Mr. Trump came to Washington to meet the establishment he has demonized the past 10 months. It was not love at first sight.
His campaign left nothing to chance for his coming out as a general-election candidate Wednesday, the day after primary wins in five states made him the all but inevitable Republican presidential nominee.
Trump, who routinely mocks President Obama and Hillary Clinton for using a teleprompter and who said that presidential candidates “should not be allowed to use a teleprompter,” used a teleprompter.
He carefully read a speech somebody else had written, demonstrated both by his lack of familiarity with the content — he pronounced Tanzania as “Tan-ZANY-uh” — and by its un-Trumpian phrases such as “the false song of globalism” and “the clear lens of American interests.” This speech was at an eighth-grade comprehension level, five years beyond Trump’s usual.
The campaign also selected its audience carefully, inviting luminaries such as Bob Woodward and Judy Woodruff but turning back others at the door. One pernicious practice of the Trump campaign is to screen journalists covering his events by requiring them to apply for credentials for each event and then deciding which to admit. (The event host, the Center for the National Interest, let me in after the Trump campaign ignored my credential request.)
Trump did not repeat his most inflammatory positions: banning all Muslims from entering the country, getting his foreign-policy advice from TV shows, bombing the [excrement] out of ISIS, letting South Korea and others get nuclear weapons, imposing a 45 percent tariff on China, returning the use of torture and condoning the killing of innocents, suggesting refugees could be a “Trojan Horse” for terrorists and forcing Mexico to finance a border wall.
But even then it was not a warm and fuzzy reception for Trump. A protestor outside the Mayflower Hotel, the event site, held a “Trump = Nazi” sign, and others chanted in the hotel lobby before the event. Trump’s hosts, a conservative foreign-policy think tank dedicated to Nixonian realism, were only somewhat more hospitable. Jacob Heilbrunn, editor of the center’s publication, the National Interest, has written that “a Trump presidency would likely be a foreign policy debacle.”
The group’s vice chairman, Dov Zakheim, signed a letter with other GOP foreign-policy leaders calling Trump and his policies “unmoored,” a “recipe for economic disaster,” “inexcusable,” “hateful,” “unacceptable,” “fundamentally dishonest” and “a distinct threat to civil liberty in the United States” and calling him “utterly unfitted” to be president.
“He’s got to do a lot more than give a speech,” Zakheim, who was out of town on vacation, told me by phone Wednesday. “It’s not us he has to convince — it’s the world.”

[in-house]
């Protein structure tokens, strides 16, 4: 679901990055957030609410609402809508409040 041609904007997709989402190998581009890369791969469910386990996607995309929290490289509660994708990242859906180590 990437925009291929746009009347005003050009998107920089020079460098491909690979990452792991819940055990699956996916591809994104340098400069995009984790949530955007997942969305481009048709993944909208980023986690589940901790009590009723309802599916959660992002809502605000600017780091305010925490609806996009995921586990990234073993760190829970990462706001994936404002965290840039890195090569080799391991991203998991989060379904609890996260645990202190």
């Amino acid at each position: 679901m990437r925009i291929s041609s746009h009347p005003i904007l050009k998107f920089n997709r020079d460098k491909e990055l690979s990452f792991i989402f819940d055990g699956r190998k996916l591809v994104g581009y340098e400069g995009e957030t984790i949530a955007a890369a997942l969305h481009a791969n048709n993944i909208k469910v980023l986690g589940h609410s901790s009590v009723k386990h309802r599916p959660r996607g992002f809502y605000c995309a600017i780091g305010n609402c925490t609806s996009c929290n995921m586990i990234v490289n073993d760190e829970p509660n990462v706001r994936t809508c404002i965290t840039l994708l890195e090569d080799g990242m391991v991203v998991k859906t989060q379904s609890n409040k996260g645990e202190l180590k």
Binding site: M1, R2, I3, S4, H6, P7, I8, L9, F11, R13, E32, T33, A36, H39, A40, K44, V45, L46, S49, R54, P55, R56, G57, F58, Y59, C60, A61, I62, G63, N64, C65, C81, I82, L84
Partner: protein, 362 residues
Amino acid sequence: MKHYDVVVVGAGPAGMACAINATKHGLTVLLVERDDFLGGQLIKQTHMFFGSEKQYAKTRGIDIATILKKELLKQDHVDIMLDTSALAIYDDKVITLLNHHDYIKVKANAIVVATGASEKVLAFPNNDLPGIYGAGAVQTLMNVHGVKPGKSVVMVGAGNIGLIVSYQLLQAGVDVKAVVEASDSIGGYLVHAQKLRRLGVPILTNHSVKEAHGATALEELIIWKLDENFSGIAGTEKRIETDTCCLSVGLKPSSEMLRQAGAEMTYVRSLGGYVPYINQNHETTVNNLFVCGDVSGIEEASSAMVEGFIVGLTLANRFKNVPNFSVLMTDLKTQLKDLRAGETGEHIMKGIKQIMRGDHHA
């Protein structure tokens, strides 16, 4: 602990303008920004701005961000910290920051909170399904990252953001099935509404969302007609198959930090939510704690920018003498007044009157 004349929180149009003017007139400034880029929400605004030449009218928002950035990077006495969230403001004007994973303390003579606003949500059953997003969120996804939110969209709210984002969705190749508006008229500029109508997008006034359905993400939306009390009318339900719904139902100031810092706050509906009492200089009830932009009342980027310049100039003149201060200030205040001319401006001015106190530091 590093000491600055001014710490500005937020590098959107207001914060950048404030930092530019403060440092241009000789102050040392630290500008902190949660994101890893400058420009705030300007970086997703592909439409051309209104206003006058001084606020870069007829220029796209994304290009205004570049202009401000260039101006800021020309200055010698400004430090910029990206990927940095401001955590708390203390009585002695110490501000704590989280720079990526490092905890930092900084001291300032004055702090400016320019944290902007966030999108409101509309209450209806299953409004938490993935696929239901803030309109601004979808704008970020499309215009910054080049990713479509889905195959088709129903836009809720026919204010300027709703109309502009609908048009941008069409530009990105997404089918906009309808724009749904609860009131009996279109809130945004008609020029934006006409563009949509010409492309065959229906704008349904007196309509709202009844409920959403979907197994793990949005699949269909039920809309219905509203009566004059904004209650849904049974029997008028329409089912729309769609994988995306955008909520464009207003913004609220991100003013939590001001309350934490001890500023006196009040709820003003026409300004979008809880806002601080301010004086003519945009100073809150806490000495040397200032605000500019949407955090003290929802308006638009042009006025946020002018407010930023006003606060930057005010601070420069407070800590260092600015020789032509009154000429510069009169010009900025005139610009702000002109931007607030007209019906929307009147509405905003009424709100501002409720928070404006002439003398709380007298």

The reality TV star probably wasn’t trying to win over the foreign-policy mandarins anyway. In his remarks, he said he would prefer “new people” rather than those who “look awfully good writing in the New York Times or being watched on television.”
More likely, he was using the foreign-policy graybeards as props to show voters he isn’t as crazy as he seems. His campaign had asked the think tank to host the event.
In his own fashion, Trump was reassuring. He said Ronald Reagan was “very special” and ISIS is “very bad.” He pledged to work “very closely with our allies in the Muslim world” and said that “we desire to live peacefully and in friendship with Russia and China.”
“War and aggression will not be my first instinct,” this new version of Trump declared. “I will seek a foreign policy that all Americans, whatever their party, can support — so important — and which our friends and allies will respect and totally welcome.”
Some were — or wanted to be — relieved by what they heard. Bob Corker (R-Tenn.), chairman of the Senate Foreign Relations Committee, called it “a very good foreign-policy speech in which he laid out his vision for American engagement in the world.”
Engagement, eh? Trump began his speech by invoking “America first,” a phrase associated with opposition to U.S. involvement in World War II. “ ‘America first’ will be the major and overriding theme of my administration,” Trump said.
Trump did not offer more detail on how he would “bring peace to the world,” but he gave strongman promises that everything would be fine: “I’m the only one who knows how to fix it. . . . We will win if I become president. . . . ISIS will be gone if I’m elected president, and they’ll be gone quickly.”
Perhaps the most unnerving promise Trump made was his determination to be erratic. “We must as a nation be more unpredictable,” he said. “We have to be unpredictable, and we have to be unpredictable starting now.”
On this vow, Trump has already made good — and that’s just the problem.